There were many ethno-medical beliefs of prevention methods for avoiding the Black Death. One of the most famous ideas was that by walking around with flowers in or around their nose people would be able to "ward off the stench and perhaps the evil that afflicted them. Since the people didn't have the knowledge to understand the plague, people believed the plague to be a punishment from God. The only way to be rid of the plague was to be forgiven by God.[16] One such method used was to carve the symbol of the cross onto the front door of a house with the words "Lord have mercy on us" near it.[17]

Pistoia, a city in Italy, even went as far as enacting rules and regulations on the city and its inhabitants to keep it safe from the Black Death. The rules stated that no one was allowed to visit any plague-infected area and if they did they were not allowed back into the city. Some other rules were that no linen or woollen goods were to be imported into the city and no corpses were to be buried in the city. However, despite strict enforcement of the rules, the city eventually became infected.[18] People who weren't infected with the plague, gathered in groups and stayed away from the sick. They ate and drank with limited food and water and weren't even allowed oral communication because merely talking with one another increased the chance of passing on the disease.[19]

While Europe was devastated by the disease, the rest of the world fared much better. In India, populations rose from a population of 91 million in 1300, to 97 million in 1400, to 105 million in 1500. Also sub-Saharan Africa remained largely unaffected by the plagues.[20]

Traditional treatment

Medieval doctors thought the plague was created by air corrupted by humid weather, decaying unburied bodies, and fumes produced by poor sanitation. The recommended treatment of the plague was a good diet, rest, and relocating to a non-infected environment so the individual could get access to clean air. This did help, but not for the reasons the doctors of the time thought. In actuality, because they recommended moving away from unsanitary conditions, people were, in effect, getting away from the rodents that harbored the fleas carrying the infection. However, this also helped to spread the infection to new areas previously non-infected.

Later outbreaks

Directions for searchers, Poona (now Pune) plague of 1897

The next few centuries were marked by several local outbreaks of lesser severity. The Great Plague of Seville (1647), the Great Plague of London (1665–1666), the Great Plague of Vienna (1679), Great Plague of Riga (1710) and the Great Plague of Marseille (1720), were the last major outbreaks of the bubonic plague in Europe.

The plague resurfaced in the mid-19th century; like the Black Death, the Third Pandemic began in Central Asia. The disease killed millions in China and India—mostly a British possession at the time—and then spread worldwide. The outbreak continued into the early 20th century. In 1897, the city of Poona (now Pune) in India was severely affected by the outbreak.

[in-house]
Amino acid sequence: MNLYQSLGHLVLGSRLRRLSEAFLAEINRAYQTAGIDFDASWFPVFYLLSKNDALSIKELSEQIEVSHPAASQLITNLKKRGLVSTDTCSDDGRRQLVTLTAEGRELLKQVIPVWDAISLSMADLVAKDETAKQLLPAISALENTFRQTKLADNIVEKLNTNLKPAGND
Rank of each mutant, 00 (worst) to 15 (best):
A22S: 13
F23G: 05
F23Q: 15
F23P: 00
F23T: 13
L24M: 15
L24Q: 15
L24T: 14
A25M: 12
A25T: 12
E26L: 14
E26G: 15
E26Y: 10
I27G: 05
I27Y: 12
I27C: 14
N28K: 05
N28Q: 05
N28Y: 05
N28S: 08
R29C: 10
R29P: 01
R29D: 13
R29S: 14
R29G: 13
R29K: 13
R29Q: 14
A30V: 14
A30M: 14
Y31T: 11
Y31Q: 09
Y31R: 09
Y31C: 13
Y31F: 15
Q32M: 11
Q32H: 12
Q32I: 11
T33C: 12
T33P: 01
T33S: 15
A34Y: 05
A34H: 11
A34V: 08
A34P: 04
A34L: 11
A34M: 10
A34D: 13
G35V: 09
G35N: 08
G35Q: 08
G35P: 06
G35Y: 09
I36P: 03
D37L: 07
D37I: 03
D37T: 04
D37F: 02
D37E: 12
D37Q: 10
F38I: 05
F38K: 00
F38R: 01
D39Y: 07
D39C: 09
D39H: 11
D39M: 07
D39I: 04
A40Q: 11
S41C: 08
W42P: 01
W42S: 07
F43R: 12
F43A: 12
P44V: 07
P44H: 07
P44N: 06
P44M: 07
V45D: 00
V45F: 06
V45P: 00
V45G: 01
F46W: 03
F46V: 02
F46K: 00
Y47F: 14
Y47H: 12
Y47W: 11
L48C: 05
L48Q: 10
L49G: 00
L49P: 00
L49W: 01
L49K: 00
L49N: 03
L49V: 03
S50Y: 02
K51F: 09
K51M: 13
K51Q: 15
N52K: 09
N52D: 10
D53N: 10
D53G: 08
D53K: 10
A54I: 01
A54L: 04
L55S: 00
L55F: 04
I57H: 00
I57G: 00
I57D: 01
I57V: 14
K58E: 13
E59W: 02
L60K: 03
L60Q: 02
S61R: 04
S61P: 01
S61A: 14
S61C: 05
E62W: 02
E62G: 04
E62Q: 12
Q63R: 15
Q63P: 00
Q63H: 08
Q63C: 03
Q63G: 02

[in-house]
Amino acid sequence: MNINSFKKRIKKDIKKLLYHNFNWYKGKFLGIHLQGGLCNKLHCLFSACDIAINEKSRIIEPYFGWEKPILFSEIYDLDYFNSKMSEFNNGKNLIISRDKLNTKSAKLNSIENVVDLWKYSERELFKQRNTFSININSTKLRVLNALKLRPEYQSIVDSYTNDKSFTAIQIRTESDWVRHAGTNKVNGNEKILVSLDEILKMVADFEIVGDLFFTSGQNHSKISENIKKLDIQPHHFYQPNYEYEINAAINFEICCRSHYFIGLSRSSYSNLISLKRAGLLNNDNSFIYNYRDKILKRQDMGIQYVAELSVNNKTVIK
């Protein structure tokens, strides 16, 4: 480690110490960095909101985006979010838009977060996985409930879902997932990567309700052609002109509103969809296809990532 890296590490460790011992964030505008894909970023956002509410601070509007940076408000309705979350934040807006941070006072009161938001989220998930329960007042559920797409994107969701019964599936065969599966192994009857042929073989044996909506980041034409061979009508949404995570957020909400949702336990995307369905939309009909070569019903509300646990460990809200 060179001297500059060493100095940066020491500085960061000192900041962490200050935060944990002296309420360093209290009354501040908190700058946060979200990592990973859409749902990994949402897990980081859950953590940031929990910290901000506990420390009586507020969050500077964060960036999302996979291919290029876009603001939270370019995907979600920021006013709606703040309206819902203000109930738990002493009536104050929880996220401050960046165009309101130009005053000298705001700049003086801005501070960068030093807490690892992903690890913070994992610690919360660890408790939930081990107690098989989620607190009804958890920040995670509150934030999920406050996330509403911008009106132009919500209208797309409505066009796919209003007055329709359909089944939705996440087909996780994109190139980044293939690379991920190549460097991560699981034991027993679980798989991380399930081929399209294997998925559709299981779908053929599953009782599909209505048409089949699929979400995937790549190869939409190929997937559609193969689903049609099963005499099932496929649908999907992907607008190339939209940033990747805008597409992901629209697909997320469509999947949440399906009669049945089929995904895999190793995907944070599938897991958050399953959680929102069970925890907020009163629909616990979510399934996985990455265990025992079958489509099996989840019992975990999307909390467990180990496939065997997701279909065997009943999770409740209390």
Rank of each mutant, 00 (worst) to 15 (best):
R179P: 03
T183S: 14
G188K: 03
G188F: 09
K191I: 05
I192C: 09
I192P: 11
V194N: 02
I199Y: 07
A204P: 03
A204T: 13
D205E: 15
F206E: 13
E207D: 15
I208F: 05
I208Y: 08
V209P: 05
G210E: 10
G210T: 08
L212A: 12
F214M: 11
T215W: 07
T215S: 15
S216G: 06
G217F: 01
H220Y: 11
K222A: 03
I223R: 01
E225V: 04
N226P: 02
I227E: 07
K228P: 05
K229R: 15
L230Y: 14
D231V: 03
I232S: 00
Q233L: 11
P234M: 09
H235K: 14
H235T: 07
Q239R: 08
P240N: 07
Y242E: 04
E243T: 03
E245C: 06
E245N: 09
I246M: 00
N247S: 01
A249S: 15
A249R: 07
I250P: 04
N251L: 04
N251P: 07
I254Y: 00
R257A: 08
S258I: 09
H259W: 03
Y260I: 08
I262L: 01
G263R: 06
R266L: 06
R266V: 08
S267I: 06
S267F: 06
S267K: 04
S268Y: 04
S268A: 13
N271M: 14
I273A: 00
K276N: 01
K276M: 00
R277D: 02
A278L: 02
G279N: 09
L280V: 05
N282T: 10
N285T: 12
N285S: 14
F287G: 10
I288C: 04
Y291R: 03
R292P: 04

In 1899, the islands of Hawaii were also hit by the plague.[21] The first evidence of the disease was found in Honolulu's Chinatown on Oahu.[22] It was located very close to the island's piers, and rats in cargo ships from China were able to land on the Hawaiian islands unseen. As the rats, hosts for disease-carrying fleas, made their way deeper into the city, people started to fall ill. On December 12, 1899, the first case was confirmed. The Board of Health then quickly thought of ways to prevent the disease from spreading even further inland. Their solution was to burn down any buildings in Chinatown suspected of containing a source of the disease. On December 31, 1899, the board set the first fire. They had originally planned to burn only a few targeted buildings, and thought they could control the flames as each building was finished, but the fire got out of control, burning down untargeted neighboring buildings. The resulting fire caused many of Chinatown's homes to be destroyed and an estimated 4,000 people were left homeless.[23]

Australia suffered 12 major plague outbreaks between 1900 and 1925 originating from shipping.[24] Research by Australian medical officers Thompson, Armstrong and Tidswell contributed to understanding the spread of Yersinia pestis to humans by fleas from infected rats.[25]

In 1994, a plague outbreak in five Indian states caused an estimated 700 infections (including 52 deaths) and triggered a large migration of Indians within India as they tried to avoid the plague.

In 1994 and 2010 cases were reported in Peru.[26] In 2002, a couple from New Mexico was diagnosed while vacationing in New York City.[27] In 2010 a case was reported in Oregon, United States.[28]